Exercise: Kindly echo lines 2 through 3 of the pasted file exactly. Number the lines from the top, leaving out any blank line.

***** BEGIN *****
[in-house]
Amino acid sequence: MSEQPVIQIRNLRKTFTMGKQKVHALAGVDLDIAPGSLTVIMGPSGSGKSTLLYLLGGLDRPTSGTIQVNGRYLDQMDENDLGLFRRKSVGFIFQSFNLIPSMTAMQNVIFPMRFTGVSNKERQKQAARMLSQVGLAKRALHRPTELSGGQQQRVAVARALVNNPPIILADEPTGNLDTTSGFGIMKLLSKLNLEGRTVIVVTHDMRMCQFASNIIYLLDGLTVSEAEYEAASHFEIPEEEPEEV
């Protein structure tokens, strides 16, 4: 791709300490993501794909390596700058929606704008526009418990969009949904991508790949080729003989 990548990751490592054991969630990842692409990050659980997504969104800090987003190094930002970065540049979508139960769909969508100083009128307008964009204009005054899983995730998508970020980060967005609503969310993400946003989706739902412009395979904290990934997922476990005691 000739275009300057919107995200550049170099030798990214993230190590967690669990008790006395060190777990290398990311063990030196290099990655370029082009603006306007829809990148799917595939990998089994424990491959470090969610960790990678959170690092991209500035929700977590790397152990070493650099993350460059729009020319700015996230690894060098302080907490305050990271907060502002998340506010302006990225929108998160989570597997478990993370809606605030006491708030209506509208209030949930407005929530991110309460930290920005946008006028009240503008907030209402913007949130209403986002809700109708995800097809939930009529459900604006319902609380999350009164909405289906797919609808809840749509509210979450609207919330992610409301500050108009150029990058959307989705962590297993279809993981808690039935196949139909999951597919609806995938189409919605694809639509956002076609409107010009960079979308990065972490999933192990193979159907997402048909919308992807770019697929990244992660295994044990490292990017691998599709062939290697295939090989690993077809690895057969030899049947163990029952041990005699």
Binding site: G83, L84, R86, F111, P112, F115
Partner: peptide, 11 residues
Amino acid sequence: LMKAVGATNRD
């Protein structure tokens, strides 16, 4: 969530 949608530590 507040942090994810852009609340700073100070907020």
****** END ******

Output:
Amino acid sequence: MSEQPVIQIRNLRKTFTMGKQKVHALAGVDLDIAPGSLTVIMGPSGSGKSTLLYLLGGLDRPTSGTIQVNGRYLDQMDENDLGLFRRKSVGFIFQSFNLIPSMTAMQNVIFPMRFTGVSNKERQKQAARMLSQVGLAKRALHRPTELSGGQQQRVAVARALVNNPPIILADEPTGNLDTTSGFGIMKLLSKLNLEGRTVIVVTHDMRMCQFASNIIYLLDGLTVSEAEYEAASHFEIPEEEPEEV
């Protein structure tokens, strides 16, 4: 791709300490993501794909390596700058929606704008526009418990969009949904991508790949080729003989 990548990751490592054991969630990842692409990050659980997504969104800090987003190094930002970065540049979508139960769909969508100083009128307008964009204009005054899983995730998508970020980060967005609503969310993400946003989706739902412009395979904290990934997922476990005691 000739275009300057919107995200550049170099030798990214993230190590967690669990008790006395060190777990290398990311063990030196290099990655370029082009603006306007829809990148799917595939990998089994424990491959470090969610960790990678959170690092991209500035929700977590790397152990070493650099993350460059729009020319700015996230690894060098302080907490305050990271907060502002998340506010302006990225929108998160989570597997478990993370809606605030006491708030209506509208209030949930407005929530991110309460930290920005946008006028009240503008907030209402913007949130209403986002809700109708995800097809939930009529459900604006319902609380999350009164909405289906797919609808809840749509509210979450609207919330992610409301500050108009150029990058959307989705962590297993279809993981808690039935196949139909999951597919609806995938189409919605694809639509956002076609409107010009960079979308990065972490999933192990193979159907997402048909919308992807770019697929990244992660295994044990490292990017691998599709062939290697295939090989690993077809690895057969030899049947163990029952041990005699």